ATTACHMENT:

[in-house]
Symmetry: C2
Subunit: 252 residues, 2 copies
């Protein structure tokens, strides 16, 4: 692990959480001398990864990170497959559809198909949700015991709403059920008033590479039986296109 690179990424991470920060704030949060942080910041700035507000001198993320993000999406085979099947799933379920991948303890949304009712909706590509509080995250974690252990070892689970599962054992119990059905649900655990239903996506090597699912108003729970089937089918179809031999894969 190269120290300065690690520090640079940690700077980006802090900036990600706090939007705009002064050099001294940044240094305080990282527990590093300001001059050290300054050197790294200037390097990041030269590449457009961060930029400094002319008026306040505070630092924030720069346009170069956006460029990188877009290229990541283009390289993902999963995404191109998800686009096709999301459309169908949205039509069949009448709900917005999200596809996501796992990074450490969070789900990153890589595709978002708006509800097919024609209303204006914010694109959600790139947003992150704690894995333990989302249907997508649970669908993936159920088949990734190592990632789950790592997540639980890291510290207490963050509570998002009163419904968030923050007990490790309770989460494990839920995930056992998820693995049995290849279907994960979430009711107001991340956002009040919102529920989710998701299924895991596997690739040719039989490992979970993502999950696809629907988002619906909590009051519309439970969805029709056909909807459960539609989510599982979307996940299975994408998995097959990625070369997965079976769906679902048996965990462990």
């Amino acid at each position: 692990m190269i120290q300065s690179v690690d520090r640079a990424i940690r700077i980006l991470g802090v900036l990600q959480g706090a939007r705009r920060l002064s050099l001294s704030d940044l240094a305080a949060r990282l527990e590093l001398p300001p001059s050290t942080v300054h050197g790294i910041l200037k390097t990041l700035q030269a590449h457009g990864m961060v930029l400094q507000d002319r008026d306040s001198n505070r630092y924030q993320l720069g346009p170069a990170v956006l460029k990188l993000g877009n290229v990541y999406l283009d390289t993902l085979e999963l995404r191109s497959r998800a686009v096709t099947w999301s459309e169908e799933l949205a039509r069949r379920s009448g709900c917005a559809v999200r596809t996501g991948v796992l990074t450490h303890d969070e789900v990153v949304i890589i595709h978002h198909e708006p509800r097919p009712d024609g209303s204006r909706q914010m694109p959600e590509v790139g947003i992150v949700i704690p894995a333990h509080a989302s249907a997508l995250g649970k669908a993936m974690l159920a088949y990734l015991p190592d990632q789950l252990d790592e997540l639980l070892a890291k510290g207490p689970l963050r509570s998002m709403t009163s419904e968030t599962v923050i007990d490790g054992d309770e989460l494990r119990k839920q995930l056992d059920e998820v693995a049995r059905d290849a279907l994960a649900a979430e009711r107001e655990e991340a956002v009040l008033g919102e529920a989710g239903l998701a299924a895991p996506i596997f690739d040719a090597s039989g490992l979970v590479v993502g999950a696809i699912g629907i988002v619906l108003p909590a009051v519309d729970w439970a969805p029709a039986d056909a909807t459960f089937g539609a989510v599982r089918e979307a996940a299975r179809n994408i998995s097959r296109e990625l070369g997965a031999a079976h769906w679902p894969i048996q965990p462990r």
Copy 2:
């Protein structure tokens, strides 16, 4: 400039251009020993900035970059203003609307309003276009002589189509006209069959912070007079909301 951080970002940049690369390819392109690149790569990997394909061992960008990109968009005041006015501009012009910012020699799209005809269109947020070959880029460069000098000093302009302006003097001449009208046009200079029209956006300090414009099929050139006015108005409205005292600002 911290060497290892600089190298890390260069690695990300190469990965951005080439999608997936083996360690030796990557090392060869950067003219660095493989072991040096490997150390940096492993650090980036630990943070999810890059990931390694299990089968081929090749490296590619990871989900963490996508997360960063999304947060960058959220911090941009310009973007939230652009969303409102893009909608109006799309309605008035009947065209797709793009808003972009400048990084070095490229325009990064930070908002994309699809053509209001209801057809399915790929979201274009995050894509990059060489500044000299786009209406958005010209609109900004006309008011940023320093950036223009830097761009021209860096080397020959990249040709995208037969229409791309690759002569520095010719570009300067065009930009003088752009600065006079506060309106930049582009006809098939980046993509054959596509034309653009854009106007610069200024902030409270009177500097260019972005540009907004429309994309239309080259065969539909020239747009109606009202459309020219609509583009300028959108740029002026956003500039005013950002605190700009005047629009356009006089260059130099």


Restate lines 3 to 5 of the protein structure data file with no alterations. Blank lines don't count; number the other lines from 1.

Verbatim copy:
Subunit: 252 residues, 2 copies
């Protein structure tokens, strides 16, 4: 692990959480001398990864990170497959559809198909949700015991709403059920008033590479039986296109 690179990424991470920060704030949060942080910041700035507000001198993320993000999406085979099947799933379920991948303890949304009712909706590509509080995250974690252990070892689970599962054992119990059905649900655990239903996506090597699912108003729970089937089918179809031999894969 190269120290300065690690520090640079940690700077980006802090900036990600706090939007705009002064050099001294940044240094305080990282527990590093300001001059050290300054050197790294200037390097990041030269590449457009961060930029400094002319008026306040505070630092924030720069346009170069956006460029990188877009290229990541283009390289993902999963995404191109998800686009096709999301459309169908949205039509069949009448709900917005999200596809996501796992990074450490969070789900990153890589595709978002708006509800097919024609209303204006914010694109959600790139947003992150704690894995333990989302249907997508649970669908993936159920088949990734190592990632789950790592997540639980890291510290207490963050509570998002009163419904968030923050007990490790309770989460494990839920995930056992998820693995049995290849279907994960979430009711107001991340956002009040919102529920989710998701299924895991596997690739040719039989490992979970993502999950696809629907988002619906909590009051519309439970969805029709056909909807459960539609989510599982979307996940299975994408998995097959990625070369997965079976769906679902048996965990462990």
């Amino acid at each position: 692990m190269i120290q300065s690179v690690d520090r640079a990424i940690r700077i980006l991470g802090v900036l990600q959480g706090a939007r705009r920060l002064s050099l001294s704030d940044l240094a305080a949060r990282l527990e590093l001398p300001p001059s050290t942080v300054h050197g790294i910041l200037k390097t990041l700035q030269a590449h457009g990864m961060v930029l400094q507000d002319r008026d306040s001198n505070r630092y924030q993320l720069g346009p170069a990170v956006l460029k990188l993000g877009n290229v990541y999406l283009d390289t993902l085979e999963l995404r191109s497959r998800a686009v096709t099947w999301s459309e169908e799933l949205a039509r069949r379920s009448g709900c917005a559809v999200r596809t996501g991948v796992l990074t450490h303890d969070e789900v990153v949304i890589i595709h978002h198909e708006p509800r097919p009712d024609g209303s204006r909706q914010m694109p959600e590509v790139g947003i992150v949700i704690p894995a333990h509080a989302s249907a997508l995250g649970k669908a993936m974690l159920a088949y990734l015991p190592d990632q789950l252990d790592e997540l639980l070892a890291k510290g207490p689970l963050r509570s998002m709403t009163s419904e968030t599962v923050i007990d490790g054992d309770e989460l494990r119990k839920q995930l056992d059920e998820v693995a049995r059905d290849a279907l994960a649900a979430e009711r107001e655990e991340a956002v009040l008033g919102e529920a989710g239903l998701a299924a895991p996506i596997f690739d040719a090597s039989g490992l979970v590479v993502g999950a696809i699912g629907i988002v619906l108003p909590a009051v519309d729970w439970a969805p029709a039986d056909a909807t459960f089937g539609a989510v599982r089918e979307a996940a299975r179809n994408i998995s097959r296109e990625l070369g997965a031999a079976h769906w679902p894969i048996q965990p462990r």